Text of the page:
Solar panels installed on any building makes it seem as if it's being converted into a top secret laboratory devoted to communicating with space aliens.

There are solar panels that look like roof tiles nowadays. You may not be able to tell they are PV panels at all!

firetown
01-12-17, 20:53
Whenever I feel out of balance it expresses itself in different ways. Unreasonable spending being one. Wanting something I would otherwise not feel the need to get. But that is to some extent. Usually I snap out of it becoming angry over realizing that I was being wasteful. Not based on spending something that I benefited from, but money gone out of the window for next to nothing.

LeBrok
02-12-17, 02:51
Solar panels are relatively common here. In my street almost half of the houses have them, but it's a particularly eco-conscious neighbourhood. Here a family home consumes about 4000 kWh of electricity per year, which costs about 1200€. A photovoltaic installation like the one proposed by IKEA covers all that electricity and can therefore be paid back in 4 or 5 years. After that it's all profit. So it is pretty interesting. I don't understand why everyone doesn't have PV panels under such circumstances.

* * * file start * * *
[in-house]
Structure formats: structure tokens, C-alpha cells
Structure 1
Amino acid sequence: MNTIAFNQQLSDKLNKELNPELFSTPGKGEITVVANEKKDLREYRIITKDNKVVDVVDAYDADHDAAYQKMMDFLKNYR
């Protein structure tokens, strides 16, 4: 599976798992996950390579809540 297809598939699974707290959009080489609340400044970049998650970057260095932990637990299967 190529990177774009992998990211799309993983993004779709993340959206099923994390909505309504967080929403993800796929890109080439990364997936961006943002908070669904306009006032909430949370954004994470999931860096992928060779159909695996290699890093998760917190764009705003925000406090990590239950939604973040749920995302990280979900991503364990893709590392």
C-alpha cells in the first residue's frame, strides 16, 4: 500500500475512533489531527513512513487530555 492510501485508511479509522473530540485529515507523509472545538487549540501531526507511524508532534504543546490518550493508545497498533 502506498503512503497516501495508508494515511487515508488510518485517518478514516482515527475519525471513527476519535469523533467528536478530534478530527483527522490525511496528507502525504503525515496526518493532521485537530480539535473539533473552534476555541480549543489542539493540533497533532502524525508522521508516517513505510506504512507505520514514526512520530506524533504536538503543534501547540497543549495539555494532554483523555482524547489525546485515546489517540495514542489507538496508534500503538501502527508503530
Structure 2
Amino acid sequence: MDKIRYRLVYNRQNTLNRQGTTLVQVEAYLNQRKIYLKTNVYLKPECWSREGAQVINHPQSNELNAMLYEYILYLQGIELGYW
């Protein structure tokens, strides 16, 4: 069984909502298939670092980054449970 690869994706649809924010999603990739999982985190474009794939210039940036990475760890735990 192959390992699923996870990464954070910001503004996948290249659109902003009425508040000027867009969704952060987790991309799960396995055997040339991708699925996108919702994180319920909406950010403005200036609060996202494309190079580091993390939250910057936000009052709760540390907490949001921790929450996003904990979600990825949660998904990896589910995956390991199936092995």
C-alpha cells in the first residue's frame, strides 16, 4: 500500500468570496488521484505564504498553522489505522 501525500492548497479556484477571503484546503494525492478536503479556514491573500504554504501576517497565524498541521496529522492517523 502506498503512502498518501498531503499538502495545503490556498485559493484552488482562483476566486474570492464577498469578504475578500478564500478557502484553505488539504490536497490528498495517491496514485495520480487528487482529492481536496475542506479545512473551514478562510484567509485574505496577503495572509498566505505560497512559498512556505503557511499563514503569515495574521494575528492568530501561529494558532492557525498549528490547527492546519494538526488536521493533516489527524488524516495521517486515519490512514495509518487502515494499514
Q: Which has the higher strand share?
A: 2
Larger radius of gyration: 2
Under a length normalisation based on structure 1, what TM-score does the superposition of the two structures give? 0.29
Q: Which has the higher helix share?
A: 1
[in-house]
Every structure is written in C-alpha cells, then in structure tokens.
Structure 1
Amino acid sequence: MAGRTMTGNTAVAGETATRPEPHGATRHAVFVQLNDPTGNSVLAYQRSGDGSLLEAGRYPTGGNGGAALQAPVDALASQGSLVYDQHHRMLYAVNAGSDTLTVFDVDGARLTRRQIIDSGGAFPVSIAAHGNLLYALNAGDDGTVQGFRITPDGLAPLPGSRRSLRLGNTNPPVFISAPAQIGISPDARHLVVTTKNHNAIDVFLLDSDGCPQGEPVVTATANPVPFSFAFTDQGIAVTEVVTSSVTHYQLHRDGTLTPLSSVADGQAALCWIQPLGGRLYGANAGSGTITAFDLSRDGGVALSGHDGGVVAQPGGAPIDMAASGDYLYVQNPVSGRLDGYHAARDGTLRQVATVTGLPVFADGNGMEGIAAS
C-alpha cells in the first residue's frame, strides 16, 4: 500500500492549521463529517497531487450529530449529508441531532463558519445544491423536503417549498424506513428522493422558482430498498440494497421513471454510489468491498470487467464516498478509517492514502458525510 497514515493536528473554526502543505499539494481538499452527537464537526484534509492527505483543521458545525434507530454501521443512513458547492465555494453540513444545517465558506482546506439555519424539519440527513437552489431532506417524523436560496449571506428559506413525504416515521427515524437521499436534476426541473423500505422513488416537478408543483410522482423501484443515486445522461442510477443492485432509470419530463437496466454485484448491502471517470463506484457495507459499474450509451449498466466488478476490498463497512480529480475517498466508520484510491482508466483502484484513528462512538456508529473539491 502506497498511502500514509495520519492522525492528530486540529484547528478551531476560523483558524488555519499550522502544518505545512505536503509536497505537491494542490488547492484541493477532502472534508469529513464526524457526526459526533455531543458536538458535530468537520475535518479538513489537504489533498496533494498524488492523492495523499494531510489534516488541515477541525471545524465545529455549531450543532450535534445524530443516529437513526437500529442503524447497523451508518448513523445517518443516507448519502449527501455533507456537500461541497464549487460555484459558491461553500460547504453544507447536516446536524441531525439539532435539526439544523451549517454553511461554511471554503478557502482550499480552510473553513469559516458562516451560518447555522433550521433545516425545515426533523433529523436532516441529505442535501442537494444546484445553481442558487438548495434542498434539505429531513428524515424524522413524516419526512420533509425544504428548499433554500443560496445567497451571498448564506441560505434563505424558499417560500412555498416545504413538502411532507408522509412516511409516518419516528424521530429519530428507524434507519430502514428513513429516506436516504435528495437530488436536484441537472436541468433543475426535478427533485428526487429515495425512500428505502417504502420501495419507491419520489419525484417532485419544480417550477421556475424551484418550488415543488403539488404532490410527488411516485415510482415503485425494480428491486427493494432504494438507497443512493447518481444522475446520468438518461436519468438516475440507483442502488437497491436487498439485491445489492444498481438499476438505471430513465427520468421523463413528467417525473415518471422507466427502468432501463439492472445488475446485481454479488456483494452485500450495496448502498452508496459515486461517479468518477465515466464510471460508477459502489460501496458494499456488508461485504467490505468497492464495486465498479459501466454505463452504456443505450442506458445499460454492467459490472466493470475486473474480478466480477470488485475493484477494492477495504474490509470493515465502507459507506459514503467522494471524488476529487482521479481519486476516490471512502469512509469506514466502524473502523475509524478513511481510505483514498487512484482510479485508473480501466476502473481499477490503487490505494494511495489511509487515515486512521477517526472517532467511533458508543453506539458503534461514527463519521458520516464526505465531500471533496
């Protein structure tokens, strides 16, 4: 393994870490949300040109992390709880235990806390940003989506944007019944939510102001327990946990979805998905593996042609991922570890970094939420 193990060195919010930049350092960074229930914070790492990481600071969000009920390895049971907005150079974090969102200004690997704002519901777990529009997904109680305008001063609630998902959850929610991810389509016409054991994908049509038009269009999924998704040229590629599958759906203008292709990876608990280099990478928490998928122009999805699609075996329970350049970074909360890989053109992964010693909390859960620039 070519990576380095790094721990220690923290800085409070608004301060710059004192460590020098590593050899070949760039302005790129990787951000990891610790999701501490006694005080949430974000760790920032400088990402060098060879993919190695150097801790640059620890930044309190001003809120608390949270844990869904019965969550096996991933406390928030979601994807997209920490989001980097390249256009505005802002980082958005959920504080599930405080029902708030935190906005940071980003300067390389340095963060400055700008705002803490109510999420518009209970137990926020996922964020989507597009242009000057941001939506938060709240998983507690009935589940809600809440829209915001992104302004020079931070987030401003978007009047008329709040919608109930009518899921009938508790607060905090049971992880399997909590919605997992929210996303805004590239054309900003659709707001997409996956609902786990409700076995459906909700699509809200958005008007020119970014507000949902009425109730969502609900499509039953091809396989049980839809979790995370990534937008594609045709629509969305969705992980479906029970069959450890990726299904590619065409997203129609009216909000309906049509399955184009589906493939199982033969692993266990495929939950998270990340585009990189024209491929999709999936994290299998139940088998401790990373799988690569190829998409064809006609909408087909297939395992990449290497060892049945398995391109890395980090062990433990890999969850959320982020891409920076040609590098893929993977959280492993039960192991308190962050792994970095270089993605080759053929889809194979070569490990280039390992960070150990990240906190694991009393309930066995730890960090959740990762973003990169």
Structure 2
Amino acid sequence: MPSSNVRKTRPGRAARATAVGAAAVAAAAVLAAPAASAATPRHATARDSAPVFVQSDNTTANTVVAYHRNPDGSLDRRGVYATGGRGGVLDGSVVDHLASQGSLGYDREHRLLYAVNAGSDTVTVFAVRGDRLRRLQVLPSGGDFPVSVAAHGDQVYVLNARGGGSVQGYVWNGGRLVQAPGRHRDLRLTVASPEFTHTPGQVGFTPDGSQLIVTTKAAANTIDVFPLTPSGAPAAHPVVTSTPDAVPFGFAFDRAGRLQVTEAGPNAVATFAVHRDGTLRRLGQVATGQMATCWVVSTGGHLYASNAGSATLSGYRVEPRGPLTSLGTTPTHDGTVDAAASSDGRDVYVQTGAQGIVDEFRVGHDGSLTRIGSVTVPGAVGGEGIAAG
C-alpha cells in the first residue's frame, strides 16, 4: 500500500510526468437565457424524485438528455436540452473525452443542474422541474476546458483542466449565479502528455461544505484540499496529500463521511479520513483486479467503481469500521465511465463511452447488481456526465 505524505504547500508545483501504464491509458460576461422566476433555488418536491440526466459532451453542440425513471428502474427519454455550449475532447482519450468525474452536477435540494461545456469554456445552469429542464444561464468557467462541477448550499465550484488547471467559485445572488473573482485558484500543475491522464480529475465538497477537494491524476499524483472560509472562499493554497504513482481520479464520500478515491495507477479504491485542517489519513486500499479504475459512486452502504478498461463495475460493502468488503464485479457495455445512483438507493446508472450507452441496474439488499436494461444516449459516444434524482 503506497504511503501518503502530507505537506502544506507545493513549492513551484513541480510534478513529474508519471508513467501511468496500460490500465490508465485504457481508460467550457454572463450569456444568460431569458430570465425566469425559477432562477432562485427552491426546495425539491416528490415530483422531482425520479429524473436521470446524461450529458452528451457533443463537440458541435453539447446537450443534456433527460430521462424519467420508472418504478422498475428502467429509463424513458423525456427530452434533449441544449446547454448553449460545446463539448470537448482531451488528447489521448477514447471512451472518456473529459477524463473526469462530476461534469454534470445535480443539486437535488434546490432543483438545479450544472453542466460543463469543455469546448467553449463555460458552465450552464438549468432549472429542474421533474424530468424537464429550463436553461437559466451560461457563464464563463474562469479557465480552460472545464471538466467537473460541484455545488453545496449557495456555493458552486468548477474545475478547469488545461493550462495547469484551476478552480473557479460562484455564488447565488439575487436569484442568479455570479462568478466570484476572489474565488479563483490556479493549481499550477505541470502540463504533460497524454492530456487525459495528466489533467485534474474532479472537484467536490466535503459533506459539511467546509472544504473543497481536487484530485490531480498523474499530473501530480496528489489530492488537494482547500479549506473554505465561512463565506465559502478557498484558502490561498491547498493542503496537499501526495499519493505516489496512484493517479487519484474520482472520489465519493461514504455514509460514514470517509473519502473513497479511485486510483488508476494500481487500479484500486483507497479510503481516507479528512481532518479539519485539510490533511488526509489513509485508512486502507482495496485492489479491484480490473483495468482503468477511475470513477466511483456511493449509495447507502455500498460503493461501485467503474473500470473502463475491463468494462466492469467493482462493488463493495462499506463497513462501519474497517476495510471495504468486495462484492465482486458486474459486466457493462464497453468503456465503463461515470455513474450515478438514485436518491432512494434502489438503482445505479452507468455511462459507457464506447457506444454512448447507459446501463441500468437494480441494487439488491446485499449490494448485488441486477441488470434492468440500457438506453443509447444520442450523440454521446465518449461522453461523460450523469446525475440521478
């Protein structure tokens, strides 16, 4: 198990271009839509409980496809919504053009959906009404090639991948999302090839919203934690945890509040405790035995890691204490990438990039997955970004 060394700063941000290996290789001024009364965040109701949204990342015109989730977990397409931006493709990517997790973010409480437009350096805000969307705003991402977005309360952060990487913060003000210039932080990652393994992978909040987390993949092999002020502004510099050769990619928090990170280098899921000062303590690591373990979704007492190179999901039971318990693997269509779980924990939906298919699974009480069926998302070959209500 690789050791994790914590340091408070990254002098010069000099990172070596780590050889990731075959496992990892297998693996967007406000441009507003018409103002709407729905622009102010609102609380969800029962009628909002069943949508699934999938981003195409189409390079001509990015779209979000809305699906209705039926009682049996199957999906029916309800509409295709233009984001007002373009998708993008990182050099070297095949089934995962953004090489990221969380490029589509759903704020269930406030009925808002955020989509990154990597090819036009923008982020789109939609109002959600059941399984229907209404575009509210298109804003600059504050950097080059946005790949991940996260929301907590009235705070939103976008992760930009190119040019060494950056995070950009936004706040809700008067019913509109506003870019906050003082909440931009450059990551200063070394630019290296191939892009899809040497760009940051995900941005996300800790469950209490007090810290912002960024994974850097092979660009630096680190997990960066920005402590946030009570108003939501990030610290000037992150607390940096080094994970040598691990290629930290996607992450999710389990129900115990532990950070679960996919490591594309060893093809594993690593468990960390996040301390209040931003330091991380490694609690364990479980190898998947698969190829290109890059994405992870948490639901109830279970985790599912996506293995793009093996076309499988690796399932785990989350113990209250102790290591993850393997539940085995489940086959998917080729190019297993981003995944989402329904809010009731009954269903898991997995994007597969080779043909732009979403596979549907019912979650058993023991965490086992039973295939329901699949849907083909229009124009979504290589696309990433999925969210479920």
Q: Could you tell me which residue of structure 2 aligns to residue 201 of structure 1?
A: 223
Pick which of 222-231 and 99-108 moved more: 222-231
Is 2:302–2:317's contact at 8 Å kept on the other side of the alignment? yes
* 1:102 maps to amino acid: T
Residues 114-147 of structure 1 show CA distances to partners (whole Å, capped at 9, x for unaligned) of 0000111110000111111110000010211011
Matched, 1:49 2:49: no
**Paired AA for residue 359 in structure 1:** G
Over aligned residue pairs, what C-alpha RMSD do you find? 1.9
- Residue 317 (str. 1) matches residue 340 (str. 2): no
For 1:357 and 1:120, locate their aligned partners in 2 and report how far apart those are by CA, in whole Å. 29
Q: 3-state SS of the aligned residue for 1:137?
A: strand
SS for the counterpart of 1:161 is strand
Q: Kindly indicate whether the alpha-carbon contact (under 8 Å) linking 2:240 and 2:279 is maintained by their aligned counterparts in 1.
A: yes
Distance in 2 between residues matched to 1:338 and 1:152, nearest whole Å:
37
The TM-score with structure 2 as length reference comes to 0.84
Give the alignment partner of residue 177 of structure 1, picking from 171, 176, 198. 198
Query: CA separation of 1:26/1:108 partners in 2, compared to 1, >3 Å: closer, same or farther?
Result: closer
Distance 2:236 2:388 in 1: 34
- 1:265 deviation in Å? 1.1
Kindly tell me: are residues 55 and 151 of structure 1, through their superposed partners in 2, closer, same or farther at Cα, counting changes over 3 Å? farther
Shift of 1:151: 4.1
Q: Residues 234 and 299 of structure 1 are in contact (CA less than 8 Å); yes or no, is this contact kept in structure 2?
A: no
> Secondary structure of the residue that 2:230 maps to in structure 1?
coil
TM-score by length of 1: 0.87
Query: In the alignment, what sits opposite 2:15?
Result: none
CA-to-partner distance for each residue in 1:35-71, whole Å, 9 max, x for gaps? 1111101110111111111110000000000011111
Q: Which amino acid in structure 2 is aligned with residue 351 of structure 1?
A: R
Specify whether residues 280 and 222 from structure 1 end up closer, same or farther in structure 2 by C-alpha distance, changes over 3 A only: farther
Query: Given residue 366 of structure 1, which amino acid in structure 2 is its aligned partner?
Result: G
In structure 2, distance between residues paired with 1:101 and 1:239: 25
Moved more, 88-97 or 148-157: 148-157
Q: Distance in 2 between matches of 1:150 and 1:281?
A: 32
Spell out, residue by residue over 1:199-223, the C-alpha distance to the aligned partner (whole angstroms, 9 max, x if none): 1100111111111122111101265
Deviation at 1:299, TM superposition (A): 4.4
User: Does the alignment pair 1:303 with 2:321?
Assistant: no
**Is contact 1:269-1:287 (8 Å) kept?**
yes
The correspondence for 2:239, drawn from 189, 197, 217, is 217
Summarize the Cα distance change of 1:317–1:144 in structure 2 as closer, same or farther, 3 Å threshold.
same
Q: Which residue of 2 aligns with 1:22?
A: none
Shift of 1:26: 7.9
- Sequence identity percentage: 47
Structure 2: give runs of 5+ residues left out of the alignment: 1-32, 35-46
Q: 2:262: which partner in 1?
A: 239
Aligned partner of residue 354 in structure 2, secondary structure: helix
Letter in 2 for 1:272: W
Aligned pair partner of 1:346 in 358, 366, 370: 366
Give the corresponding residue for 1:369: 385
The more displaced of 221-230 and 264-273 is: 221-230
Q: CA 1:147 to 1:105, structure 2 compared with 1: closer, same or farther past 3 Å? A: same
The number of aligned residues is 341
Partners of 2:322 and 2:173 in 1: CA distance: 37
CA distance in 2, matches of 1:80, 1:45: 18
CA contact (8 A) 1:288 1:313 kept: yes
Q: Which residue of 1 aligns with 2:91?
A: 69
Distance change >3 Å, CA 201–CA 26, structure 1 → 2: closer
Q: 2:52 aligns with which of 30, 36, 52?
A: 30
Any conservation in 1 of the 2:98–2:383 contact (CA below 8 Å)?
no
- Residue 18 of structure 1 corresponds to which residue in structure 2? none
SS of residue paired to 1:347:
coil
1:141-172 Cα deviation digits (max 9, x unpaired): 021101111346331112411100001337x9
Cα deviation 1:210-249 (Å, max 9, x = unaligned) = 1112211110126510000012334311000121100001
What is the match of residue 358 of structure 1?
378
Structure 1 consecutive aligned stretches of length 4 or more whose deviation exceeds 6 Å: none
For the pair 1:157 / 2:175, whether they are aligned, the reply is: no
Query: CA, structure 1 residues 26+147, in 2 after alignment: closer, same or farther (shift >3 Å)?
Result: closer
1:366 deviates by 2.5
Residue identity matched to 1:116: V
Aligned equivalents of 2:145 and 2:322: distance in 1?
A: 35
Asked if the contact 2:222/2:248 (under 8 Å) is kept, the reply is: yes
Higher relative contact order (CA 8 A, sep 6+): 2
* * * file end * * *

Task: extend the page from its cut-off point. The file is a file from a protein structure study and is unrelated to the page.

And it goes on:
The Belgian government has been encouraging people to improve their house insulation for many years with heavy subsidies (up to 50% of the bill). As a result many houses are very well insulated. But heating is still the biggest expense for most households. An increasing number of new houses are passive, meaning that they are so well isolated that they do not require a heating system at all, even when it's freezing outside. So it's possible (and not uncommon) to live almost off the grid for electricity and (gas or petrol) heating.